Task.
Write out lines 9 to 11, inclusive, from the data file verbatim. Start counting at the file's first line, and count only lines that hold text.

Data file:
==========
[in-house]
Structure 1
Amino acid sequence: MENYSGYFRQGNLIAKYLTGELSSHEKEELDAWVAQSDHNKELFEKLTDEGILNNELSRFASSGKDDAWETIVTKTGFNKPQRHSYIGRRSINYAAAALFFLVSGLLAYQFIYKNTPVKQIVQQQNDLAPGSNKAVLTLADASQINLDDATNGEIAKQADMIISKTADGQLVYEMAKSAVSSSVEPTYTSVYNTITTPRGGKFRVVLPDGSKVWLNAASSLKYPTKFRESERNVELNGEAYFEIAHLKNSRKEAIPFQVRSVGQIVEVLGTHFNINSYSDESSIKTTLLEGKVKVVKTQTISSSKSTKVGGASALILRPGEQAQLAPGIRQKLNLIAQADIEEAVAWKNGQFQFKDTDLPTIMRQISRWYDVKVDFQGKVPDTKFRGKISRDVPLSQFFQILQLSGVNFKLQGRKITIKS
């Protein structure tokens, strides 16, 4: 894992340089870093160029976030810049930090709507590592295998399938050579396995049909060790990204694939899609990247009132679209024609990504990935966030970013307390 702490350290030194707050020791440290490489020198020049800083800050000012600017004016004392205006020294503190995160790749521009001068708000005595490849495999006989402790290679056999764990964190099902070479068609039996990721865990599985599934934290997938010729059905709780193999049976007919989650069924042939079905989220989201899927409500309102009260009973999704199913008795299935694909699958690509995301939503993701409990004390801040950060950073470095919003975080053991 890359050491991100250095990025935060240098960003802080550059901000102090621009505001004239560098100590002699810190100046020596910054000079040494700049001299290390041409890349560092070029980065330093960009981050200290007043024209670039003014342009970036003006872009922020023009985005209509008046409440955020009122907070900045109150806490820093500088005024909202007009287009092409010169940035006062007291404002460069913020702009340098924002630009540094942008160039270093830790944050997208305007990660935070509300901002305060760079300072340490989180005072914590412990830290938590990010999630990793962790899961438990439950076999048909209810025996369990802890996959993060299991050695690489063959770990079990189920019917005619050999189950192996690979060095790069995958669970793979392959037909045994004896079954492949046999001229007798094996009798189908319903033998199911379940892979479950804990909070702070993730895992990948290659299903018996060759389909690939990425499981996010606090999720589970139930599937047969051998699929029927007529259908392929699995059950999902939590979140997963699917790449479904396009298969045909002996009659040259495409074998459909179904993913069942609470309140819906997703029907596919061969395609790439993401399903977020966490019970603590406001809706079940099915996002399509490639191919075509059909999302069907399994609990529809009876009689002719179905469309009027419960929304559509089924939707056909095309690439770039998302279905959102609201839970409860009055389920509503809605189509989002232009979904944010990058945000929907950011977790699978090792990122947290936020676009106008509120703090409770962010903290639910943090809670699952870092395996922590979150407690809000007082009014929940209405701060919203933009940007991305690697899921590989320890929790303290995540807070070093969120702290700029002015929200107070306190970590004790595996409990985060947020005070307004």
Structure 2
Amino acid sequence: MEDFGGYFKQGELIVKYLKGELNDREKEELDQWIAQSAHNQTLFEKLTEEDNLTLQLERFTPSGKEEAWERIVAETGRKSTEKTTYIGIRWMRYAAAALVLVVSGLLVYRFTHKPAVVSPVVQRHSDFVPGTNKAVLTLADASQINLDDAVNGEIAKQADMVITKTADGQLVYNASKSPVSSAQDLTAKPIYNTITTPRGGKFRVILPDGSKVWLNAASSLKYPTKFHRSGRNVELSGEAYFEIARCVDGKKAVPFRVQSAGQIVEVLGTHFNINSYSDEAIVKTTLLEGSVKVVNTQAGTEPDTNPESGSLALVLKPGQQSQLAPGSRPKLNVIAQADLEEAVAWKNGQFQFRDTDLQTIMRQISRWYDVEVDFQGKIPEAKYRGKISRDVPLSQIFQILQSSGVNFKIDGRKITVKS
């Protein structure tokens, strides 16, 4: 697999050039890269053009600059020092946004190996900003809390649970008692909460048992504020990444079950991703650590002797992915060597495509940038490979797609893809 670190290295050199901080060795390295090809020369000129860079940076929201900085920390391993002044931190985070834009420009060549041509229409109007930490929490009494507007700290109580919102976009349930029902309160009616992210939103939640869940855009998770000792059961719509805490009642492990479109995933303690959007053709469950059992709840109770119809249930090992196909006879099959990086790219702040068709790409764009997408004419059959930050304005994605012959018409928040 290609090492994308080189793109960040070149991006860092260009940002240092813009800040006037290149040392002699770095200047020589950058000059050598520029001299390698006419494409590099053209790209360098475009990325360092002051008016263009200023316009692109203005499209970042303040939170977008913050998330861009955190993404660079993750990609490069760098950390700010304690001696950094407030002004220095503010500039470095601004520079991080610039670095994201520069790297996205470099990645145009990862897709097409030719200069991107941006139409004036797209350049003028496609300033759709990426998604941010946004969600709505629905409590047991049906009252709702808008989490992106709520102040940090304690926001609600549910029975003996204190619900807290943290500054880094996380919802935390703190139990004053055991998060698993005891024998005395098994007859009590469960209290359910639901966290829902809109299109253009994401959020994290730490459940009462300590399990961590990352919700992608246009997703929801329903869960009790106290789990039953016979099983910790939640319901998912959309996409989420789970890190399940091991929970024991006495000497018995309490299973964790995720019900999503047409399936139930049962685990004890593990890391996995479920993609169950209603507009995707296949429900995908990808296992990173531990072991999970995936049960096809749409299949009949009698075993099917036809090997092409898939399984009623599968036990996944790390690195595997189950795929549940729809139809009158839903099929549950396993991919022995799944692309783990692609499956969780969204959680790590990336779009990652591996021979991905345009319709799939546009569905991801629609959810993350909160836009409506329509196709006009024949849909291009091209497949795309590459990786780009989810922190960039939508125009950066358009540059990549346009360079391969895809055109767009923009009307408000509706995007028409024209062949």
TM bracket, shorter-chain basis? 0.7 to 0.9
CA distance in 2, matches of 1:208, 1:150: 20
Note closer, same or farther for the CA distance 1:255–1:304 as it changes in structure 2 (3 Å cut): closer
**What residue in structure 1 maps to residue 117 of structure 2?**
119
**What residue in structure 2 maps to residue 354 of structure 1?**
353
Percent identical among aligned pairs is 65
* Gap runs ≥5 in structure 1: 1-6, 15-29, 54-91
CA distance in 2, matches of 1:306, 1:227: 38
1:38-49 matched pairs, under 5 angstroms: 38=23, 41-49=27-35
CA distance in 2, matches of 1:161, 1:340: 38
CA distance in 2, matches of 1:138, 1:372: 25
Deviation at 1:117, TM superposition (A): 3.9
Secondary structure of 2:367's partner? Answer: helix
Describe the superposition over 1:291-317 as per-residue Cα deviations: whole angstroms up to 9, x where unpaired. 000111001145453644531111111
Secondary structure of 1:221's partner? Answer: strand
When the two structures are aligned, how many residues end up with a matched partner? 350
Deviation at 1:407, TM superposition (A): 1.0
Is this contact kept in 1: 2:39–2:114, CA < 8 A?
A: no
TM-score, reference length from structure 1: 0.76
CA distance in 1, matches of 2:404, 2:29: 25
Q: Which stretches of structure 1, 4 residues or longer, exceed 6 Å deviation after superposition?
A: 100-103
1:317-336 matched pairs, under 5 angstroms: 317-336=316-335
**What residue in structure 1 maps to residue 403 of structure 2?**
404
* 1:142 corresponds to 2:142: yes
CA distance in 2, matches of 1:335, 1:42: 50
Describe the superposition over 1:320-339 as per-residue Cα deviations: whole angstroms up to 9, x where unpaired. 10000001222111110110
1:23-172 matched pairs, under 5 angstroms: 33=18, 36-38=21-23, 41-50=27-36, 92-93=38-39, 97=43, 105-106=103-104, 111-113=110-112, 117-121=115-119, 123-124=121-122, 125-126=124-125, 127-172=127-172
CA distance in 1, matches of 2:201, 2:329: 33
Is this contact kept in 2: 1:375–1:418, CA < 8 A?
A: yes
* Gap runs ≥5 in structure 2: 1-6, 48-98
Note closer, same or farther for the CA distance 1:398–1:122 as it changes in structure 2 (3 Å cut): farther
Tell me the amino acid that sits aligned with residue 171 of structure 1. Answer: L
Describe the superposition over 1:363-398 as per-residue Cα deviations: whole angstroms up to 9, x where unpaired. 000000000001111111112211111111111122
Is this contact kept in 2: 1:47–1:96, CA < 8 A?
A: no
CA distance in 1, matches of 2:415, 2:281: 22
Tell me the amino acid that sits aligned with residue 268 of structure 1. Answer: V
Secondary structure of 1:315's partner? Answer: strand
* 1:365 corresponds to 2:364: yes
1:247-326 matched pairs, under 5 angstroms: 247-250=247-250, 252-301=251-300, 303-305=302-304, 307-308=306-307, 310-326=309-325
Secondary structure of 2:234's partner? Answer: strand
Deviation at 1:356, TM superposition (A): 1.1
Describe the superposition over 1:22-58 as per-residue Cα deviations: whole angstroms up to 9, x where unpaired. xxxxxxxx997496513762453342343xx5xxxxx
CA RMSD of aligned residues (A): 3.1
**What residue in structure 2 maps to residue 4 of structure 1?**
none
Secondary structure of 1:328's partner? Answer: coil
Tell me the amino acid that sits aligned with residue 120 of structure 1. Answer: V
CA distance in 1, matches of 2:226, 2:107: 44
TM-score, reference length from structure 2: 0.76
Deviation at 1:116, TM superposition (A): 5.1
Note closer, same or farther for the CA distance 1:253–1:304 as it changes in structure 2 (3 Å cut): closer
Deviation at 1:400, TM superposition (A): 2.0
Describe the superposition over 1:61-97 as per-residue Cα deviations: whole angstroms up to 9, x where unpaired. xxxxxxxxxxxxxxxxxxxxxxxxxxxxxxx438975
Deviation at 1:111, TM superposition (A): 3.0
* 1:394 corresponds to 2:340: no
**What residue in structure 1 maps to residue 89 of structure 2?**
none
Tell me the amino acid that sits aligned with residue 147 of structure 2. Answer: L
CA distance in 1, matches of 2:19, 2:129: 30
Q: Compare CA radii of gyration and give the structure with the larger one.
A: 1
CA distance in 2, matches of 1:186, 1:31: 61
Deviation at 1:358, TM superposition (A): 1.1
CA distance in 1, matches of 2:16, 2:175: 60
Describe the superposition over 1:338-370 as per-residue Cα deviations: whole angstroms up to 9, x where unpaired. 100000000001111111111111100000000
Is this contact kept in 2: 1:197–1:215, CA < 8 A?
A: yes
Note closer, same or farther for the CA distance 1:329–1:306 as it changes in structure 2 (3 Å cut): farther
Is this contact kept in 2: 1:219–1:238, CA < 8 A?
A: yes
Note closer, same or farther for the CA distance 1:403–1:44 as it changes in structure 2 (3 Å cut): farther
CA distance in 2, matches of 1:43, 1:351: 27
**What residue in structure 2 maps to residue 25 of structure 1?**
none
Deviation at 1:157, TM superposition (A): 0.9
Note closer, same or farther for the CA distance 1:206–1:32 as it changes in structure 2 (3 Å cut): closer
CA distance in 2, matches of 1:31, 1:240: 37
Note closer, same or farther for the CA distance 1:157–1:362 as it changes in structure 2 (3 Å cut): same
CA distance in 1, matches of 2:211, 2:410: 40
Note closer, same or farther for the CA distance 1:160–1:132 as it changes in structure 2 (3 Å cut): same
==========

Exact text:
CA distance in 2, matches of 1:208, 1:150: 20
Note closer, same or farther for the CA distance 1:255–1:304 as it changes in structure 2 (3 Å cut): closer
**What residue in structure 1 maps to residue 117 of structure 2?**